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The decision by Peter Diamond to withdraw his nomination for a seat on the Federal Reserve Board is yet another sign that the nomination and confirmation process is seriously out of whack. It’s also a sign that everyone involved in this process–the president and the White House, Senate leaders of both parties, the FBI and other agencies involved in vetting–needs to get serious about changing its downward spiral.
It would be hard to find a more impressive set of credentials than those possessed by Diamond. A Nobel Prize-winning economist at MIT, he is a leader in understanding the dynamics of unemployment and the labor supply, which by any standard are key elements for the Fed to consider to fulfill its policy mandate. The charge made by his Senate adversaries–that Diamond was not an expert in monetary policy–ignored both the fact that many of the nominees to the Fed of presidents of both parties have known less about monetary policy and the fact that the Fed plays a role in domestic and international economics far broader than a narrow focus on the money supply.
Of course, the opposition to Diamond was based on other factors, not the laughable charges about his lack of qualifications. In part, it was tit for tat, getting back at Senate Democrats for blocking the confirmation of Randy Kroszner for the Fed late in George W. Bush’s term, largely to keep the slot open for the next president. In part, it was Diamond’s policy views. And in part it was simply because he was nominated by President Barack Obama.
Blocking a highly qualified nominee to the Fed during a very difficult economic time is shameful. It was in 2008; it is now. But the blockage of nominees for extraneous reasons extends well beyond the Fed. We have several Justice Department nominees held hostage and a pledge by Senate Republicans to hold up the superbly qualified nominee for secretary of Commerce, John Bryson, over trade agreements. And we have the unprecedented situation of a Senate Republican commitment to block any nominees for the Consumer Financial Protection Bureau because Republicans don’t like it. The CFPB is the law of the land. Misusing the confirmation power of the Senate to keep the law from being implemented–declaring that the qualifications for an office do not matter, and neither does the law of the land–is beyond shameful.
Dozens of other key positions are also unfilled. Recently, Sheila Bair, outgoing chairwoman of the Federal Deposit Insurance Corp., warned of risk to the financial system unless key positions at the FDIC, CFPB, Treasury and Federal Housing Finance Agency are filled soon.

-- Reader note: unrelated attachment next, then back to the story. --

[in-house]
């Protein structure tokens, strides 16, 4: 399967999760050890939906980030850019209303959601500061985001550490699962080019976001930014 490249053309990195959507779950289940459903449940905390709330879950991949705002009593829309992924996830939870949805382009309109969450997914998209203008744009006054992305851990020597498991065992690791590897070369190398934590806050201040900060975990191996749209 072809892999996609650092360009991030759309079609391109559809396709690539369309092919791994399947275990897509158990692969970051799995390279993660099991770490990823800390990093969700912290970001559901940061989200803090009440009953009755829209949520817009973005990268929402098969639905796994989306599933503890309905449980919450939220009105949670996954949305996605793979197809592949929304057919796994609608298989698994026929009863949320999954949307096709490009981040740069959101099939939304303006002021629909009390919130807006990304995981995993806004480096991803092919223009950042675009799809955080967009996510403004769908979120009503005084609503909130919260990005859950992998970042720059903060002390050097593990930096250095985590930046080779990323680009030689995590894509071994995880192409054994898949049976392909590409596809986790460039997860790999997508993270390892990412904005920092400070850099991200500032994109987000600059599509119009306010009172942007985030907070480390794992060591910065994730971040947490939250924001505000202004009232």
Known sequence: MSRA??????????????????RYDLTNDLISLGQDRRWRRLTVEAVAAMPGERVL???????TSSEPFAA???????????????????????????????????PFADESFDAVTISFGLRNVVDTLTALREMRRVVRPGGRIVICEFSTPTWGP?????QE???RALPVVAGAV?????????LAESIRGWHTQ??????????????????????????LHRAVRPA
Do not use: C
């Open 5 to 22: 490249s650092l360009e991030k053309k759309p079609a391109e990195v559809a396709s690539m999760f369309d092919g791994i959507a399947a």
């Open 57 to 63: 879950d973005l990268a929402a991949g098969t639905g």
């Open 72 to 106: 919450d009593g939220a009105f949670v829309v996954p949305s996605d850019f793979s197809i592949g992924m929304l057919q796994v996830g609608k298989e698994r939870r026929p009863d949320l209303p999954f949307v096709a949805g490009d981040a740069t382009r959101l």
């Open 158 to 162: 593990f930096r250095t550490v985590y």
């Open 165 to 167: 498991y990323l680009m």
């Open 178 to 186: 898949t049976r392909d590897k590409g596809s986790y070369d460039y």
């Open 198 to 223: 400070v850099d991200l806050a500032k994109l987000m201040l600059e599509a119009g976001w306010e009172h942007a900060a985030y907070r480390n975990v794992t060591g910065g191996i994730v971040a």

The blame is not just with the Senate. The Obama administration has been inexplicably and unconscionably slow in choosing nominees and moving them expeditiously through the executive portion of the process. From the beginning, filling top positions in the agencies and departments has been, at best, a secondary priority. The longer a president waits to fill positions, the tougher and longer the road to confirmation in the Senate. The failure to fill secondary posts then creates a crisis later, when primary appointees begin to leave and there is no one in-house to replace them.
But for all the failures of basic public administration in the White House, the real obstacle is a Senate that has lost its way–that ignores what should be a presumption that a president is entitled to his own picks for executive positions unless there is a compelling reason to object and that cruelly holds hostage people who are willing to make sizable sacrifices to do public service, sometimes vilifying them personally for political purposes and leaving them in limbo for months or even years. And more often than not, it is for reasons that have nothing to do with the quality of the nominees.
I wrote several weeks ago to commend the bipartisan group of Senators who have put forward a plan to streamline somewhat the confirmation process, with a set of recommendations that have long been endorsed by an army of outsiders, including major figures from previous administrations. Right now, though, those recommendations are being blocked by a small group of conservatives. Even if the reforms are enacted, the problem will still be acute. We need both a culture shift in the Senate–all Senators use holds to block nominees for their own parochial leverage–and a truce in the partisan wars.
We also need a shift in the approach of Senate Majority Leader Harry Reid. Last year, the Nevada Democrat understandably was reluctant to call Senators’ bluffs on their holds because each nomination brought to the floor under the threat of a filibuster would take a lot of time, and time was too precious given the Senate’s huge legislative agenda. This year is different–there is a minuscule agenda; most things that pass the Senate will never pass the House and vice versa. Why not use the Senate’s time to call up many of these nominations being held up by individual Senators or by GOP leadership fiat? Take the time to have 41 Senators explain why they are blocking well-qualified nominees for frivolous or utterly unrelated reasons. And take some of your time to explain why this craziness is damaging the very fabric of governance and making it harder and harder to find good people to go through the political equivalent of enhanced interrogation techniques to serve their country.
Norman J. Ornstein is a resident scholar at AEI.
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